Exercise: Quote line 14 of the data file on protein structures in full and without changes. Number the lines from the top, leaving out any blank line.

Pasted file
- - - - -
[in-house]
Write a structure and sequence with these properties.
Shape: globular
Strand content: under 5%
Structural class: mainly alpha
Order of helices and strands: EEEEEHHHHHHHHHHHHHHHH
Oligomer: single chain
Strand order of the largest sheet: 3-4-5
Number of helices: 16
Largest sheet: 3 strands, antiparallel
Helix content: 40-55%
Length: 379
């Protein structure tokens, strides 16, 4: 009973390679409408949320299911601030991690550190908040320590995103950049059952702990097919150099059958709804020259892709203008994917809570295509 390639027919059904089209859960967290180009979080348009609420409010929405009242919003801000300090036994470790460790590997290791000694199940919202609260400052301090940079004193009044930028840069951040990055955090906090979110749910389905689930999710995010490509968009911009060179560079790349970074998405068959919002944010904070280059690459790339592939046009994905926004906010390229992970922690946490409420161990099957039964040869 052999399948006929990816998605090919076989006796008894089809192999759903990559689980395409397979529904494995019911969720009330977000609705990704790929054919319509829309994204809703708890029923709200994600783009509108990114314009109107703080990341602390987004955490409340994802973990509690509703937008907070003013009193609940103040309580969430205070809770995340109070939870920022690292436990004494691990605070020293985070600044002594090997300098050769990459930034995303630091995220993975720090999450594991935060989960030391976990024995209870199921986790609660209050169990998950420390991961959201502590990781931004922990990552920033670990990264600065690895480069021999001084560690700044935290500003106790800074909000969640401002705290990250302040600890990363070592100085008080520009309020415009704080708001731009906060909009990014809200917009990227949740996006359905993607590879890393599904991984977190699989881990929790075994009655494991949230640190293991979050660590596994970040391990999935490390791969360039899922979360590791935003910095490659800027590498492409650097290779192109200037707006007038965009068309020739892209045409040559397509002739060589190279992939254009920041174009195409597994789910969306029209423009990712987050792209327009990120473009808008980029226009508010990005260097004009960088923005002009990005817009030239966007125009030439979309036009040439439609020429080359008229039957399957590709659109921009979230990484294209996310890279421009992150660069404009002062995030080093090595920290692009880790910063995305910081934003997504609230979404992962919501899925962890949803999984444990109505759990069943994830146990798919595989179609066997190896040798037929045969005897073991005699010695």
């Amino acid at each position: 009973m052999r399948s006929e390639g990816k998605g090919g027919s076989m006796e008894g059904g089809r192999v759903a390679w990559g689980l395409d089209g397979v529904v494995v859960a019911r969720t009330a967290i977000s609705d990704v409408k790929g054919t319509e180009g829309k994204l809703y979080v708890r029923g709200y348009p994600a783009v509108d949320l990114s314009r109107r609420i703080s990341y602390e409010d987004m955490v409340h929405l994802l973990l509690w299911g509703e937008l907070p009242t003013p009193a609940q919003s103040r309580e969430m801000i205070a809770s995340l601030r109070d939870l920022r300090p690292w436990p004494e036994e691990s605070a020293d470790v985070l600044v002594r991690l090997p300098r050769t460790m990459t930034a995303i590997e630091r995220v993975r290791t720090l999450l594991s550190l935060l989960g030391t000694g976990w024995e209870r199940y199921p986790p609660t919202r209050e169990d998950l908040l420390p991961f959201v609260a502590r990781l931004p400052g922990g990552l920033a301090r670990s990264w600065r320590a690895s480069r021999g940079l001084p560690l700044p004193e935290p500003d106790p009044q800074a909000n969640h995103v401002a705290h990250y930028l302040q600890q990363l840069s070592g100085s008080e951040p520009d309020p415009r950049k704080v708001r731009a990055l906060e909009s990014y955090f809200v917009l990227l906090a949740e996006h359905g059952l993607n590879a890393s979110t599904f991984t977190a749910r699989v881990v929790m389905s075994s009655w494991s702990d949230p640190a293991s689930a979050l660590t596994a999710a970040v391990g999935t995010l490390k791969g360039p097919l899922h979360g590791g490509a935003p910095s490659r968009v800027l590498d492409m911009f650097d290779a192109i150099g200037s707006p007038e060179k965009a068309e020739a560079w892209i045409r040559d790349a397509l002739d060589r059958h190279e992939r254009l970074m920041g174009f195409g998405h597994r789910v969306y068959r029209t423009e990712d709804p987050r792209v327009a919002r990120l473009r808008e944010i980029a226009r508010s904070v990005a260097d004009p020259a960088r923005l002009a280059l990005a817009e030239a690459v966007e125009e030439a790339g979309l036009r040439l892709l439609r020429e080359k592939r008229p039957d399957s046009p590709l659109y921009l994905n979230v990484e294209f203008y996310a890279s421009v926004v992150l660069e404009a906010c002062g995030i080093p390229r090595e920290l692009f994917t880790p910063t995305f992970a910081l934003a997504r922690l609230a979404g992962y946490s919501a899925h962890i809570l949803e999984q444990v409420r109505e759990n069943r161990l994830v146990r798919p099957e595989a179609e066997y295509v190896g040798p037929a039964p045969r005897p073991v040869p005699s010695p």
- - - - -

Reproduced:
């Amino acid at each position: 009973m052999r399948s006929e390639g990816k998605g090919g027919s076989m006796e008894g059904g089809r192999v759903a390679w990559g689980l395409d089209g397979v529904v494995v859960a019911r969720t009330a967290i977000s609705d990704v409408k790929g054919t319509e180009g829309k994204l809703y979080v708890r029923g709200y348009p994600a783009v509108d949320l990114s314009r109107r609420i703080s990341y602390e409010d987004m955490v409340h929405l994802l973990l509690w299911g509703e937008l907070p009242t003013p009193a609940q919003s103040r309580e969430m801000i205070a809770s995340l601030r109070d939870l920022r300090p690292w436990p004494e036994e691990s605070a020293d470790v985070l600044v002594r991690l090997p300098r050769t460790m990459t930034a995303i590997e630091r995220v993975r290791t720090l999450l594991s550190l935060l989960g030391t000694g976990w024995e209870r199940y199921p986790p609660t919202r209050e169990d998950l908040l420390p991961f959201v609260a502590r990781l931004p400052g922990g990552l920033a301090r670990s990264w600065r320590a690895s480069r021999g940079l001084p560690l700044p004193e935290p500003d106790p009044q800074a909000n969640h995103v401002a705290h990250y930028l302040q600890q990363l840069s070592g100085s008080e951040p520009d309020p415009r950049k704080v708001r731009a990055l906060e909009s990014y955090f809200v917009l990227l906090a949740e996006h359905g059952l993607n590879a890393s979110t599904f991984t977190a749910r699989v881990v929790m389905s075994s009655w494991s702990d949230p640190a293991s689930a979050l660590t596994a999710a970040v391990g999935t995010l490390k791969g360039p097919l899922h979360g590791g490509a935003p910095s490659r968009v800027l590498d492409m911009f650097d290779a192109i150099g200037s707006p007038e060179k965009a068309e020739a560079w892209i045409r040559d790349a397509l002739d060589r059958h190279e992939r254009l970074m920041g174009f195409g998405h597994r789910v969306y068959r029209t423009e990712d709804p987050r792209v327009a919002r990120l473009r808008e944010i980029a226009r508010s904070v990005a260097d004009p020259a960088r923005l002009a280059l990005a817009e030239a690459v966007e125009e030439a790339g979309l036009r040439l892709l439609r020429e080359k592939r008229p039957d399957s046009p590709l659109y921009l994905n979230v990484e294209f203008y996310a890279s421009v926004v992150l660069e404009a906010c002062g995030i080093p390229r090595e920290l692009f994917t880790p910063t995305f992970a910081l934003a997504r922690l609230a979404g992962y946490s919501a899925h962890i809570l949803e999984q444990v409420r109505e759990n069943r161990l994830v146990r798919p099957e595989a179609e066997y295509v190896g040798p037929a039964p045969r005897p073991v040869p005699s010695p």